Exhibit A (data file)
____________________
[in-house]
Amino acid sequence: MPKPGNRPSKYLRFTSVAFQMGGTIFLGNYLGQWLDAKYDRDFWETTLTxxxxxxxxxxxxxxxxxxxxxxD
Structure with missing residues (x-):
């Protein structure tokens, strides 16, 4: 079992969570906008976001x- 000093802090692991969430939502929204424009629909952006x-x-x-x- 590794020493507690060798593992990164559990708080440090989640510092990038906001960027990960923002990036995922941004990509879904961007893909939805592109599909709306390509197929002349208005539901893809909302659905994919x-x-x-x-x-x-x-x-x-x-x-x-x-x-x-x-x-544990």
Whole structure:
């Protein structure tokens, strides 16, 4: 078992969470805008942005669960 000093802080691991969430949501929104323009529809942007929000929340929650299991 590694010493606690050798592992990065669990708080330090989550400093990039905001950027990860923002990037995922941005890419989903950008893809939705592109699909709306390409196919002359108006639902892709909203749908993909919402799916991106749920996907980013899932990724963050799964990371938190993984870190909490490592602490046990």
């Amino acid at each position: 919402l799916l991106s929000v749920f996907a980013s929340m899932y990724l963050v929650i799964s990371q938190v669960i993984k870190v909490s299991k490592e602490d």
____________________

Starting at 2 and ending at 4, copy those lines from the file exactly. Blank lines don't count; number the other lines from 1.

Amino acid sequence: MPKPGNRPSKYLRFTSVAFQMGGTIFLGNYLGQWLDAKYDRDFWETTLTxxxxxxxxxxxxxxxxxxxxxxD
Structure with missing residues (x-):
């Protein structure tokens, strides 16, 4: 079992969570906008976001x- 000093802090692991969430939502929204424009629909952006x-x-x-x- 590794020493507690060798593992990164559990708080440090989640510092990038906001960027990960923002990036995922941004990509879904961007893909939805592109599909709306390509197929002349208005539901893809909302659905994919x-x-x-x-x-x-x-x-x-x-x-x-x-x-x-x-x-544990």